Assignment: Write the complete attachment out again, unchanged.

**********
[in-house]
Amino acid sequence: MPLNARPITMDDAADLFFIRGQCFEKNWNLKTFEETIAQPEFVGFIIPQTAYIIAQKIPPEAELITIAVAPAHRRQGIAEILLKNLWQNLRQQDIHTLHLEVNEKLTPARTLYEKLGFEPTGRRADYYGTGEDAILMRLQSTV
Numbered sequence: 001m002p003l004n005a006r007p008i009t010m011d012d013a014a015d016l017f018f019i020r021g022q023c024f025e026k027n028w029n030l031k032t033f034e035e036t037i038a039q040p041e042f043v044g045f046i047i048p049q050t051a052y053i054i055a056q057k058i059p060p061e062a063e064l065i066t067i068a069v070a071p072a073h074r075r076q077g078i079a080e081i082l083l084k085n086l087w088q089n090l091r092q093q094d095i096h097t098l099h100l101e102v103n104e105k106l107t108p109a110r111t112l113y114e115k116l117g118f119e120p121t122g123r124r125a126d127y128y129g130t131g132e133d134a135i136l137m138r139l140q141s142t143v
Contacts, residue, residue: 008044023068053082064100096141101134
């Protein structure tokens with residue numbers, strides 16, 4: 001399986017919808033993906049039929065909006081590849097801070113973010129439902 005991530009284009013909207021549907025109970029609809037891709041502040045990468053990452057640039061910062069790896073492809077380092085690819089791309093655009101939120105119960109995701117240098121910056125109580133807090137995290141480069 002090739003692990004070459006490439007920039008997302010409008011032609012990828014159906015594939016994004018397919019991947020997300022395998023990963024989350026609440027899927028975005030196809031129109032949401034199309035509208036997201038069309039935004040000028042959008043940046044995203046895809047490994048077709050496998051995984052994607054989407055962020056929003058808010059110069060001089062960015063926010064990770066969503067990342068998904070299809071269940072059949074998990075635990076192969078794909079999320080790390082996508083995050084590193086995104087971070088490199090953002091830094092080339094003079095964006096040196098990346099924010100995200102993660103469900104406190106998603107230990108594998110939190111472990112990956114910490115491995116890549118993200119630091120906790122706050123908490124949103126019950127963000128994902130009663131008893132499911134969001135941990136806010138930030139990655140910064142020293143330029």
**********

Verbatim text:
[in-house]
Amino acid sequence: MPLNARPITMDDAADLFFIRGQCFEKNWNLKTFEETIAQPEFVGFIIPQTAYIIAQKIPPEAELITIAVAPAHRRQGIAEILLKNLWQNLRQQDIHTLHLEVNEKLTPARTLYEKLGFEPTGRRADYYGTGEDAILMRLQSTV
Numbered sequence: 001m002p003l004n005a006r007p008i009t010m011d012d013a014a015d016l017f018f019i020r021g022q023c024f025e026k027n028w029n030l031k032t033f034e035e036t037i038a039q040p041e042f043v044g045f046i047i048p049q050t051a052y053i054i055a056q057k058i059p060p061e062a063e064l065i066t067i068a069v070a071p072a073h074r075r076q077g078i079a080e081i082l083l084k085n086l087w088q089n090l091r092q093q094d095i096h097t098l099h100l101e102v103n104e105k106l107t108p109a110r111t112l113y114e115k116l117g118f119e120p121t122g123r124r125a126d127y128y129g130t131g132e133d134a135i136l137m138r139l140q141s142t143v
Contacts, residue, residue: 008044023068053082064100096141101134
């Protein structure tokens with residue numbers, strides 16, 4: 001399986017919808033993906049039929065909006081590849097801070113973010129439902 005991530009284009013909207021549907025109970029609809037891709041502040045990468053990452057640039061910062069790896073492809077380092085690819089791309093655009101939120105119960109995701117240098121910056125109580133807090137995290141480069 002090739003692990004070459006490439007920039008997302010409008011032609012990828014159906015594939016994004018397919019991947020997300022395998023990963024989350026609440027899927028975005030196809031129109032949401034199309035509208036997201038069309039935004040000028042959008043940046044995203046895809047490994048077709050496998051995984052994607054989407055962020056929003058808010059110069060001089062960015063926010064990770066969503067990342068998904070299809071269940072059949074998990075635990076192969078794909079999320080790390082996508083995050084590193086995104087971070088490199090953002091830094092080339094003079095964006096040196098990346099924010100995200102993660103469900104406190106998603107230990108594998110939190111472990112990956114910490115491995116890549118993200119630091120906790122706050123908490124949103126019950127963000128994902130009663131008893132499911134969001135941990136806010138930030139990655140910064142020293143330029």